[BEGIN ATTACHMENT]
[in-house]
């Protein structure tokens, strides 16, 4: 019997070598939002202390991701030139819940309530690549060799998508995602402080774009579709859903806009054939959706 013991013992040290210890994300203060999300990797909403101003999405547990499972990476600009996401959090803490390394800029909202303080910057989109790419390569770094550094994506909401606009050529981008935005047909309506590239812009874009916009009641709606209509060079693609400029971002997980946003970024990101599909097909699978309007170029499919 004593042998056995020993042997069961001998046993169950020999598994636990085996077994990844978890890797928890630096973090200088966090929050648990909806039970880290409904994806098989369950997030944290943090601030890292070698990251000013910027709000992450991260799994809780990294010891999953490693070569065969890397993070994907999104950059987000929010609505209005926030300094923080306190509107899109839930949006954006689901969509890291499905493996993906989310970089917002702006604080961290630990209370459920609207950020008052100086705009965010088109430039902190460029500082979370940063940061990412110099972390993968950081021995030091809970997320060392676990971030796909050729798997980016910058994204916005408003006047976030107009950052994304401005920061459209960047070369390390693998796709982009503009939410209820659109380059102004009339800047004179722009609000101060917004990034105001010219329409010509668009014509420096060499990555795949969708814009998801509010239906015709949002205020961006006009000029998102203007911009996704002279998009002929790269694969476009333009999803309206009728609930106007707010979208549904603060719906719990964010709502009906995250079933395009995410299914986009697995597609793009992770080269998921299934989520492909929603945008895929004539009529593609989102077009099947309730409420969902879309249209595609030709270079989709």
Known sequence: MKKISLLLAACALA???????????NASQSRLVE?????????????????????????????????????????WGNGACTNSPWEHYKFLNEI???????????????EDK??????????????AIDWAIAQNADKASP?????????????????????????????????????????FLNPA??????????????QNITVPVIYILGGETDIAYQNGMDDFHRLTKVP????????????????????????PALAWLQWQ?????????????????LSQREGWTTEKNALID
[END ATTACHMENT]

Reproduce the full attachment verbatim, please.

[in-house]
């Protein structure tokens, strides 16, 4: 019997070598939002202390991701030139819940309530690549060799998508995602402080774009579709859903806009054939959706 013991013992040290210890994300203060999300990797909403101003999405547990499972990476600009996401959090803490390394800029909202303080910057989109790419390569770094550094994506909401606009050529981008935005047909309506590239812009874009916009009641709606209509060079693609400029971002997980946003970024990101599909097909699978309007170029499919 004593042998056995020993042997069961001998046993169950020999598994636990085996077994990844978890890797928890630096973090200088966090929050648990909806039970880290409904994806098989369950997030944290943090601030890292070698990251000013910027709000992450991260799994809780990294010891999953490693070569065969890397993070994907999104950059987000929010609505209005926030300094923080306190509107899109839930949006954006689901969509890291499905493996993906989310970089917002702006604080961290630990209370459920609207950020008052100086705009965010088109430039902190460029500082979370940063940061990412110099972390993968950081021995030091809970997320060392676990971030796909050729798997980016910058994204916005408003006047976030107009950052994304401005920061459209960047070369390390693998796709982009503009939410209820659109380059102004009339800047004179722009609000101060917004990034105001010219329409010509668009014509420096060499990555795949969708814009998801509010239906015709949002205020961006006009000029998102203007911009996704002279998009002929790269694969476009333009999803309206009728609930106007707010979208549904603060719906719990964010709502009906995250079933395009995410299914986009697995597609793009992770080269998921299934989520492909929603945008895929004539009529593609989102077009099947309730409420969902879309249209595609030709270079989709």
Known sequence: MKKISLLLAACALA???????????NASQSRLVE?????????????????????????????????????????WGNGACTNSPWEHYKFLNEI???????????????EDK??????????????AIDWAIAQNADKASP?????????????????????????????????????????FLNPA??????????????QNITVPVIYILGGETDIAYQNGMDDFHRLTKVP????????????????????????PALAWLQWQ?????????????????LSQREGWTTEKNALID